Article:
Is Shenzhen really as dynamic a tech hub as it is made out to be, or is the story of its “economic miracle” of the past 40 years one that has been underwritten by an ever-rising property market? Investors and economists may soon start to understand this better.
Food for thought has emerged in the city government’s capitulation to property developers this week, as it eased its recent restrictions on land sales. Developers in the country’s richest city, home to Evergrande, are seeing their markets shrink at a previously unimaginable pace.
According to SCMP: Shenzhen has relaxed the conditions for taking part in land sales, one of the first among China’s local authorities to backtrack from the draconian measures that have sent the entire country’s real estate industry into a tailspin. The bureau put 11 plots on the market last week, the third land sale this year.
The news was quickly followed by another report (Yicai) indicating that the city’s property market was plunging. Although prices in the overall market have not yet dropped, edging up slightly in September for new homes and dropping slightly in the secondary market, October figures show volumes falling to levels not seen in nearly a decade. Some 1,605 second-hand homes were sold, down 9.1 percent from September, according to data from Centaline Property’s Shenzhen research center.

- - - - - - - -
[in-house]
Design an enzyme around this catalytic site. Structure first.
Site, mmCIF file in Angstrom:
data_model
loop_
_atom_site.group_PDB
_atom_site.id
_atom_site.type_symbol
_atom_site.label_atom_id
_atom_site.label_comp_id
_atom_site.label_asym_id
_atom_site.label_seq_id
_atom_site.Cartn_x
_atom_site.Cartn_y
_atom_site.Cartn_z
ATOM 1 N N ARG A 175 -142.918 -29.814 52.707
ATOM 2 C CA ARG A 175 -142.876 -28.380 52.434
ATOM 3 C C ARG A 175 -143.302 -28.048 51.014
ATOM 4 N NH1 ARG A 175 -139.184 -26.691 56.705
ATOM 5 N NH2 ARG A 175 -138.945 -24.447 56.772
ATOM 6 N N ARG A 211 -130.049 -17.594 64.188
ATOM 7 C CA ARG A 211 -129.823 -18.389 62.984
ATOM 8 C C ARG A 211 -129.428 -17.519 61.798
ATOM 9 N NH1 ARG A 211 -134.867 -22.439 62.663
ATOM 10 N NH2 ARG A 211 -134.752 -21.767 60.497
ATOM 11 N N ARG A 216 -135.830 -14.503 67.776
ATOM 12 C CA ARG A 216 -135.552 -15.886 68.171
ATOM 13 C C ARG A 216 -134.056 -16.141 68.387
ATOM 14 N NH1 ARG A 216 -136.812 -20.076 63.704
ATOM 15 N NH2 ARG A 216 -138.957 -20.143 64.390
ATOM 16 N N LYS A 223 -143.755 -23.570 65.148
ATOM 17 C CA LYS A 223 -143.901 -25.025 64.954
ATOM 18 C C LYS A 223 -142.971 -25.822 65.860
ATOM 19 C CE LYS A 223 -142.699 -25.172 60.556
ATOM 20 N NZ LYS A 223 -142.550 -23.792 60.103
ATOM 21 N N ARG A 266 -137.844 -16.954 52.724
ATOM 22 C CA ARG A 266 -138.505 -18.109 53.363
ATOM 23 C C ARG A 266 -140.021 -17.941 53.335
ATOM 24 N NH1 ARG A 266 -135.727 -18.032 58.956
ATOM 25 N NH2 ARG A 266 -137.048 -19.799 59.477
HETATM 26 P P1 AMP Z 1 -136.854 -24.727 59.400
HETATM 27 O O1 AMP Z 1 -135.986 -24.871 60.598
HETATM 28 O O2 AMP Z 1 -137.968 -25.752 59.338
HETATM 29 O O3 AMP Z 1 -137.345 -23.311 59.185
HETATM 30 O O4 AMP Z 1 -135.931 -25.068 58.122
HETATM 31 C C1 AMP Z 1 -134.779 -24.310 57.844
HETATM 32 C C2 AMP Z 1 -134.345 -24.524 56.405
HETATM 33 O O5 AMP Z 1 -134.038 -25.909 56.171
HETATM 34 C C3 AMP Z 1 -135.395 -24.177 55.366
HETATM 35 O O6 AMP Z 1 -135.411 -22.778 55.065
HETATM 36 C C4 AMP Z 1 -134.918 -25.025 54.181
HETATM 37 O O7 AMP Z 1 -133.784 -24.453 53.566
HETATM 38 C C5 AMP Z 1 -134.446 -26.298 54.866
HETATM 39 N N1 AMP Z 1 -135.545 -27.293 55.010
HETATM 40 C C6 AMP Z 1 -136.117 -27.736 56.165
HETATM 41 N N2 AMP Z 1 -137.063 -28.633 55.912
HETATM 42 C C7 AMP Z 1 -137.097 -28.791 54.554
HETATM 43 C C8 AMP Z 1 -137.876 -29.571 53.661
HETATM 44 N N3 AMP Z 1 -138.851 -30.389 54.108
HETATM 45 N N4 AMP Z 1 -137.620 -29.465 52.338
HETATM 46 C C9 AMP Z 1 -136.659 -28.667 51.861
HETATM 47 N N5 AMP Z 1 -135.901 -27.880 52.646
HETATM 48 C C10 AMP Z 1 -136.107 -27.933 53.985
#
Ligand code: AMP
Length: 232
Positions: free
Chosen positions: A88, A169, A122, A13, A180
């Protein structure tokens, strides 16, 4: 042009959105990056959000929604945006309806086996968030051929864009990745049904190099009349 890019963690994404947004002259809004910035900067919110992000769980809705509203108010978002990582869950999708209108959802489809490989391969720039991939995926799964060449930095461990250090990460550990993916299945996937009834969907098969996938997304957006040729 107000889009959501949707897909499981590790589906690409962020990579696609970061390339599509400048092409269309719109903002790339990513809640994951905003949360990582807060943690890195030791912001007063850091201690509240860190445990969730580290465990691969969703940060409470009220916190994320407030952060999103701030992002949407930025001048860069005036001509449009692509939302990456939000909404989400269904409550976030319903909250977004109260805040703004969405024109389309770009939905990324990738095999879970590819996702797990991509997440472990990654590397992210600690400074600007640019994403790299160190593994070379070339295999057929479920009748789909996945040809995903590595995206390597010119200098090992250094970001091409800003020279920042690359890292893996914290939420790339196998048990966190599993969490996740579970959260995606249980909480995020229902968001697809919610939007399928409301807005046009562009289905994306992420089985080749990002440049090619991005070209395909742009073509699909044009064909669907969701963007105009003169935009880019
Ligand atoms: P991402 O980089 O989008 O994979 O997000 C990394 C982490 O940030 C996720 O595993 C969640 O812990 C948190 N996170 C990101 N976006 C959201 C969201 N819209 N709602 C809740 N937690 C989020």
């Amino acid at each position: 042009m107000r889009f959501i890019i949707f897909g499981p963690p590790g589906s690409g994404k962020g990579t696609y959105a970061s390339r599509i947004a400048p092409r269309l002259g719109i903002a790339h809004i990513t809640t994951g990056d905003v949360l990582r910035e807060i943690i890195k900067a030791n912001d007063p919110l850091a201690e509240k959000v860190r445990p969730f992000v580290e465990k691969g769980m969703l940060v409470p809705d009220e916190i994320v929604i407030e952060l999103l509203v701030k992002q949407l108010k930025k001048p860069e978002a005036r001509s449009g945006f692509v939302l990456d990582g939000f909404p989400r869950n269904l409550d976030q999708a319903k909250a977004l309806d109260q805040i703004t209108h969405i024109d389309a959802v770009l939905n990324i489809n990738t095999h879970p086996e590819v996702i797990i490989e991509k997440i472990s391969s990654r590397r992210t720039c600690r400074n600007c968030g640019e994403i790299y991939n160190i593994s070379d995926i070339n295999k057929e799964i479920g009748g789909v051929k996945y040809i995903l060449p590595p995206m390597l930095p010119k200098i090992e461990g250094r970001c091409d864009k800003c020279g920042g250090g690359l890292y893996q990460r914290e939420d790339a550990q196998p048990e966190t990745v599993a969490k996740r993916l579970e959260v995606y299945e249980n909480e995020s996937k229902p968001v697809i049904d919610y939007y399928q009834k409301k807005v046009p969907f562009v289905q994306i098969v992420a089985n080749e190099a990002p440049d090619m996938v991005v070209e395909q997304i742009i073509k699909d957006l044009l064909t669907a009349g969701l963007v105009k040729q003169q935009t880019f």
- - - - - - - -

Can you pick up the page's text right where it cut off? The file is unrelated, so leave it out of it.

The trend seems likely to continue, despite the city government’s about-face on land sales. This is because, as Bloomberg points out, the city’s developers are under enormous pressure to offload finished homes.
What is not mentioned in any of these reports is another major factor affecting the city’s property market: population growth has been capped. Shenzhen has been one of the country’s two fastest-growing cities for the past decade (the other being Guangzhou). No longer. Subsidies and other incentives to attract “talents” have been almost frozen. Projections for the city’s population growth in the coming five years are close to zero.
The question that will need to be answered in the coming decade by Shenzhen is one that will apply to the entire country, of course: can it continue to develop its economy through high-tech innovation, when the foundations of its wealth – property values – are no longer rising inexorably? The backslide by the city government on land auctions suggest it is not yet ready to endure the pain that comes with such a transition.